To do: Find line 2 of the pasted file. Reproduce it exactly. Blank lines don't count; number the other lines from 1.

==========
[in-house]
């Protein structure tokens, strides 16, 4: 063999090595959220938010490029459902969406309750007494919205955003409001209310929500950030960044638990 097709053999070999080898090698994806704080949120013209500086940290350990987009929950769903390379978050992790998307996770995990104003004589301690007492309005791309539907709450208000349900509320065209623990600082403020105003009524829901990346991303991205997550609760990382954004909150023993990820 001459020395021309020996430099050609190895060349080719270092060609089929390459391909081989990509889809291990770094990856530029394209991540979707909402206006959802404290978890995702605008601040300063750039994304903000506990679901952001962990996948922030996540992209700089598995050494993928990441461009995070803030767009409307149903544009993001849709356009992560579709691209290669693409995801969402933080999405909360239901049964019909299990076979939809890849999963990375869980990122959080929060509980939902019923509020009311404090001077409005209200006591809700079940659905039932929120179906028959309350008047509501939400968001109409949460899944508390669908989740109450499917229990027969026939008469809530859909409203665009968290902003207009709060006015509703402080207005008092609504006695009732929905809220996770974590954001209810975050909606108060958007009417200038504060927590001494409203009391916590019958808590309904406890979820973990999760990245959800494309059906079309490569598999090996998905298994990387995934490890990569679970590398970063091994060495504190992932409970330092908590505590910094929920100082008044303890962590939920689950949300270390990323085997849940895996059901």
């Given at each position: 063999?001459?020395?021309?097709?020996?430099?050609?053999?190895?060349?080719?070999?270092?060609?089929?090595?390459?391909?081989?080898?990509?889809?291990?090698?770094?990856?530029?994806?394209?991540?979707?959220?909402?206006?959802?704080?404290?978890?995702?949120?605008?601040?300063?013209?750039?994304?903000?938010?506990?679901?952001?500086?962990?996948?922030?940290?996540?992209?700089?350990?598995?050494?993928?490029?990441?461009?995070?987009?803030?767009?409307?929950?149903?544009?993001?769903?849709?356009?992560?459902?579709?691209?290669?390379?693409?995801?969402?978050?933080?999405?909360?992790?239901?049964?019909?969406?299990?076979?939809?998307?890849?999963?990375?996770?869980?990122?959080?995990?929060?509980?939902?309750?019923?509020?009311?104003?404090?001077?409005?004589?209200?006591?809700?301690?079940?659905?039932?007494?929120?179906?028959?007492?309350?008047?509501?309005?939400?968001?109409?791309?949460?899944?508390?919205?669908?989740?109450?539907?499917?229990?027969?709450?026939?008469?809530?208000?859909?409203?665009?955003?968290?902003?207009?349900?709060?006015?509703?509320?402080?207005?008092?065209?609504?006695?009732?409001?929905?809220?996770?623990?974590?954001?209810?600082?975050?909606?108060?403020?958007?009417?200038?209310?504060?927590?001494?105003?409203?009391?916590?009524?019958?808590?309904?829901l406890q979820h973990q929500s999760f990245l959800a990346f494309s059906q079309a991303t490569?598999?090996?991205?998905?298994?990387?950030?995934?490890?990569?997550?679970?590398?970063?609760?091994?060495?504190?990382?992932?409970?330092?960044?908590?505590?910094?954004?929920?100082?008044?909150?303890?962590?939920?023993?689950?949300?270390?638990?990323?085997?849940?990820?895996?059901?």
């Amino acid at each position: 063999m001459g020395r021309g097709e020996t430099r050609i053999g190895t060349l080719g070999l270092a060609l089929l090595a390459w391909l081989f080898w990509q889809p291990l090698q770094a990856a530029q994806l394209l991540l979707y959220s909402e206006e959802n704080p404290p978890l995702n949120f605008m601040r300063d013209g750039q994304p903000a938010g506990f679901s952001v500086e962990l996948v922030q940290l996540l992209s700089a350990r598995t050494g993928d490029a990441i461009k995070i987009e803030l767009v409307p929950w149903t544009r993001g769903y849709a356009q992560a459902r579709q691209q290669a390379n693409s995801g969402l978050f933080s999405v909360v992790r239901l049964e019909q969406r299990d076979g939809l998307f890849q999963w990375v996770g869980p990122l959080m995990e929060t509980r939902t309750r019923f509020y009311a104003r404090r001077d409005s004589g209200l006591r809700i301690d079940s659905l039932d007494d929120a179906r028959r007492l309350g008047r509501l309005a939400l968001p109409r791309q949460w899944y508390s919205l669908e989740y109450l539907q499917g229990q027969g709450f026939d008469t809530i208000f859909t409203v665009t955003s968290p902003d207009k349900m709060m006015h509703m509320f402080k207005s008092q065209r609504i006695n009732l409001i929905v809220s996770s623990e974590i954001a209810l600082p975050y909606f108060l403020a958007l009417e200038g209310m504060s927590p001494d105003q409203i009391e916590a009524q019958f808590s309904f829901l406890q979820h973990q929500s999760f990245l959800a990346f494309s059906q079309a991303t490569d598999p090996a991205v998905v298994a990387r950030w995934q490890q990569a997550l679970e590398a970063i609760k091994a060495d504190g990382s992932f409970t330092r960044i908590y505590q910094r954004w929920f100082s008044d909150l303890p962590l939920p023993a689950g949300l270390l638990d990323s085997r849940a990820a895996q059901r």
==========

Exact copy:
């Protein structure tokens, strides 16, 4: 063999090595959220938010490029459902969406309750007494919205955003409001209310929500950030960044638990 097709053999070999080898090698994806704080949120013209500086940290350990987009929950769903390379978050992790998307996770995990104003004589301690007492309005791309539907709450208000349900509320065209623990600082403020105003009524829901990346991303991205997550609760990382954004909150023993990820 001459020395021309020996430099050609190895060349080719270092060609089929390459391909081989990509889809291990770094990856530029394209991540979707909402206006959802404290978890995702605008601040300063750039994304903000506990679901952001962990996948922030996540992209700089598995050494993928990441461009995070803030767009409307149903544009993001849709356009992560579709691209290669693409995801969402933080999405909360239901049964019909299990076979939809890849999963990375869980990122959080929060509980939902019923509020009311404090001077409005209200006591809700079940659905039932929120179906028959309350008047509501939400968001109409949460899944508390669908989740109450499917229990027969026939008469809530859909409203665009968290902003207009709060006015509703402080207005008092609504006695009732929905809220996770974590954001209810975050909606108060958007009417200038504060927590001494409203009391916590019958808590309904406890979820973990999760990245959800494309059906079309490569598999090996998905298994990387995934490890990569679970590398970063091994060495504190992932409970330092908590505590910094929920100082008044303890962590939920689950949300270390990323085997849940895996059901």